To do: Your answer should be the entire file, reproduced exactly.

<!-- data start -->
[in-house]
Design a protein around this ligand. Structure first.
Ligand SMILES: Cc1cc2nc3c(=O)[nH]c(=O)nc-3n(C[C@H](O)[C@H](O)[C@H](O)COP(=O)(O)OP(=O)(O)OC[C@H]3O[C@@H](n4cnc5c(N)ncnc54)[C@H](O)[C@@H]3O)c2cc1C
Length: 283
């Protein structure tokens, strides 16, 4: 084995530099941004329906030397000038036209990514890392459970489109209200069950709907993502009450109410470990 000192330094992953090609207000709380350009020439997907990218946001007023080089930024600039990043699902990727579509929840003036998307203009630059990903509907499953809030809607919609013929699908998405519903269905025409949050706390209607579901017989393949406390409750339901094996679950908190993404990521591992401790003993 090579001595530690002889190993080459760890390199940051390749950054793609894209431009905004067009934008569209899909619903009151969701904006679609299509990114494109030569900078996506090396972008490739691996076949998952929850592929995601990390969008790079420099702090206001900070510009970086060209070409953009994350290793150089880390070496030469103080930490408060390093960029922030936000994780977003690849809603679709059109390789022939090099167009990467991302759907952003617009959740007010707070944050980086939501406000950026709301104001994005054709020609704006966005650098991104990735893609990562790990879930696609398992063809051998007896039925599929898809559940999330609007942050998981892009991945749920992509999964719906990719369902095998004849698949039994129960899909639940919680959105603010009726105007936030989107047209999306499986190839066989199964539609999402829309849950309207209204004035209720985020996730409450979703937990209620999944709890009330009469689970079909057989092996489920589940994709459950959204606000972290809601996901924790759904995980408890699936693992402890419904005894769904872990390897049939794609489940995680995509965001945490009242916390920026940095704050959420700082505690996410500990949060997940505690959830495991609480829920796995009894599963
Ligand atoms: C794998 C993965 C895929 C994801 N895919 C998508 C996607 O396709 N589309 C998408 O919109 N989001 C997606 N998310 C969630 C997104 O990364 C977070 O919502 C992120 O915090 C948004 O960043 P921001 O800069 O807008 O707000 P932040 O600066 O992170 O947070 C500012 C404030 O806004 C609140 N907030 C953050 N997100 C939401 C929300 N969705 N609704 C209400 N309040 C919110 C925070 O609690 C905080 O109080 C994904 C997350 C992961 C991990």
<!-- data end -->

[in-house]
Design a protein around this ligand. Structure first.
Ligand SMILES: Cc1cc2nc3c(=O)[nH]c(=O)nc-3n(C[C@H](O)[C@H](O)[C@H](O)COP(=O)(O)OP(=O)(O)OC[C@H]3O[C@@H](n4cnc5c(N)ncnc54)[C@H](O)[C@@H]3O)c2cc1C
Length: 283
């Protein structure tokens, strides 16, 4: 084995530099941004329906030397000038036209990514890392459970489109209200069950709907993502009450109410470990 000192330094992953090609207000709380350009020439997907990218946001007023080089930024600039990043699902990727579509929840003036998307203009630059990903509907499953809030809607919609013929699908998405519903269905025409949050706390209607579901017989393949406390409750339901094996679950908190993404990521591992401790003993 090579001595530690002889190993080459760890390199940051390749950054793609894209431009905004067009934008569209899909619903009151969701904006679609299509990114494109030569900078996506090396972008490739691996076949998952929850592929995601990390969008790079420099702090206001900070510009970086060209070409953009994350290793150089880390070496030469103080930490408060390093960029922030936000994780977003690849809603679709059109390789022939090099167009990467991302759907952003617009959740007010707070944050980086939501406000950026709301104001994005054709020609704006966005650098991104990735893609990562790990879930696609398992063809051998007896039925599929898809559940999330609007942050998981892009991945749920992509999964719906990719369902095998004849698949039994129960899909639940919680959105603010009726105007936030989107047209999306499986190839066989199964539609999402829309849950309207209204004035209720985020996730409450979703937990209620999944709890009330009469689970079909057989092996489920589940994709459950959204606000972290809601996901924790759904995980408890699936693992402890419904005894769904872990390897049939794609489940995680995509965001945490009242916390920026940095704050959420700082505690996410500990949060997940505690959830495991609480829920796995009894599963
Ligand atoms: C794998 C993965 C895929 C994801 N895919 C998508 C996607 O396709 N589309 C998408 O919109 N989001 C997606 N998310 C969630 C997104 O990364 C977070 O919502 C992120 O915090 C948004 O960043 P921001 O800069 O807008 O707000 P932040 O600066 O992170 O947070 C500012 C404030 O806004 C609140 N907030 C953050 N997100 C939401 C929300 N969705 N609704 C209400 N309040 C919110 C925070 O609690 C905080 O109080 C994904 C997350 C992961 C991990």